01.13.17

Gardner Announces $240,000 DHS Countering Violent Extremism Grant for Denver Police Department

Washington, DC – Senator Cory Gardner (R-CO) today announced the Denver Police Department will receive a $240,000 Countering Violent Extremism Grant from the Department of Homeland Security (DHS) to be utilized for training and engagement. 

 

“As violent extremists continue to pose a threat to our homeland, we must do everything we can to counter these threats and keep Coloradans safe,” said Gardner. “Whether it’s radical Islamic extremists or homegrown domestic terror groups trying to do us harm, our police officers must be properly trained to prevent an attack. I’m pleased the Department of Homeland Security has provided the Denver Police Department with these critical funds because it is our local law enforcement officers who know how to best keep our communities safe. The Denver Police Department has my full support, and I will continue to do everything I can to ensure Colorado law enforcement has the necessary tools to combat terrorism and root out violent extremists.”

 

In announcing the grant, Secretary of Homeland Security Jeh Johnson stated, “In 2016, Congress answered our call for federal grants, awarded and administered by the Department of Homeland Security, to support local efforts to counter violent extremism.  Today, I am pleased to announce the first round of awards of these grants.  

 

“A total of 31 proposals, from various organizations in multiple communities, have been accepted to receive some part of the $10 million appropriated by Congress last year.  The funding will go for activities that include intervention, developing resilience, challenging the narrative, and building capacity.  The organizations approved for grants include local governments, universities, and non-profit organizations, in locations across the country such as Boston, Minneapolis, Los Angeles, Detroit, Nebraska, Houston, Illinois, New Jersey, Texas and New York City.  Among the awardees are organizations devoted specifically to countering ISIL’s recruitment efforts in our homeland, and Life After Hate, an organization devoted to the rehabilitation of former neo-Nazis and other domestic extremists in this country.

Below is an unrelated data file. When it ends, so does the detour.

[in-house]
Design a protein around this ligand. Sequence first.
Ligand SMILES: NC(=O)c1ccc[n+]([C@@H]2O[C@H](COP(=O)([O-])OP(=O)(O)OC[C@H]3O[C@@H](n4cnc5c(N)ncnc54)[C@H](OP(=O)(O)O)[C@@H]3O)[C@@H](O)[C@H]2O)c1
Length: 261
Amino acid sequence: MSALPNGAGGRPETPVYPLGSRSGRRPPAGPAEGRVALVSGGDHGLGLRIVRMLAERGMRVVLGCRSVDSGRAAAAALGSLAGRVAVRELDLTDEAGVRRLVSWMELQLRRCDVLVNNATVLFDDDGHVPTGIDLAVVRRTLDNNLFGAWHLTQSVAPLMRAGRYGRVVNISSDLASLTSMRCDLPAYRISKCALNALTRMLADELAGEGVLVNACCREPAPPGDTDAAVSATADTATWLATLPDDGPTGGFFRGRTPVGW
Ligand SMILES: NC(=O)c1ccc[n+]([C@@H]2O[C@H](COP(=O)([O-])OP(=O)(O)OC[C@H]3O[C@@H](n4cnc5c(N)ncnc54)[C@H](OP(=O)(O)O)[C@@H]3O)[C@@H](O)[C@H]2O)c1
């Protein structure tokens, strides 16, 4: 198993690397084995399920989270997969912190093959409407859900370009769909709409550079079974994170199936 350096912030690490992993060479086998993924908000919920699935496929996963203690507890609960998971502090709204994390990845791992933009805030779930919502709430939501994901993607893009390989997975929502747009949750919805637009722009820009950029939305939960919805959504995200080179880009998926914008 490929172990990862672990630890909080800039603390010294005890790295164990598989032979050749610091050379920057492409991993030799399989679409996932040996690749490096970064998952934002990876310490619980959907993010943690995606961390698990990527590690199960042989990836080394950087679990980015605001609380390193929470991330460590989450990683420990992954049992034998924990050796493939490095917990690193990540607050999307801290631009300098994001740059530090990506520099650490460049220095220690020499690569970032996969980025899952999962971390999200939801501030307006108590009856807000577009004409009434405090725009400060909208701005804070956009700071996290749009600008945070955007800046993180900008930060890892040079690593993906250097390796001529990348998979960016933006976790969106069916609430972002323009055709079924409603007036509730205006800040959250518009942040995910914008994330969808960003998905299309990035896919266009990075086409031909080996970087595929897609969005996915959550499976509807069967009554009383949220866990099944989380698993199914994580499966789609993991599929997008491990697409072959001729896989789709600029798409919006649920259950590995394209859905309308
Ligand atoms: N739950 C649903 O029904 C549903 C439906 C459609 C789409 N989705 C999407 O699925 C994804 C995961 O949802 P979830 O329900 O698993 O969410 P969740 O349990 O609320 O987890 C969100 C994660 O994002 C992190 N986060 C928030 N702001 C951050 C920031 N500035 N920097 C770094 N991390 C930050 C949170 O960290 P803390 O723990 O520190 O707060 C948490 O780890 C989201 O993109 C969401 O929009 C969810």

“In this age of self-radicalization and terrorist-inspired acts of violence, domestic-based efforts to counter violent extremism have become a homeland security imperative.  And, I know from visiting numerous communities across this country that very often the best efforts to counter violent extremism are local, tailored to a particular community.  My hope is that Congress will continue to fund this type of grant activity in the future.  Again, this is a homeland security imperative.”

 

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Cory Gardner is a member of the U.S. Senate serving Colorado. He sits on the Energy & Natural Resources Committee, the Foreign Relations Committee, the Commerce, Science, & Transportation Committee, and the Budget Committee, and is the Chairman of the Subcommittee on East Asia, the Pacific, and International Cybersecurity Policy.

354 Russell Senate Office Building, Washington, DC 20515

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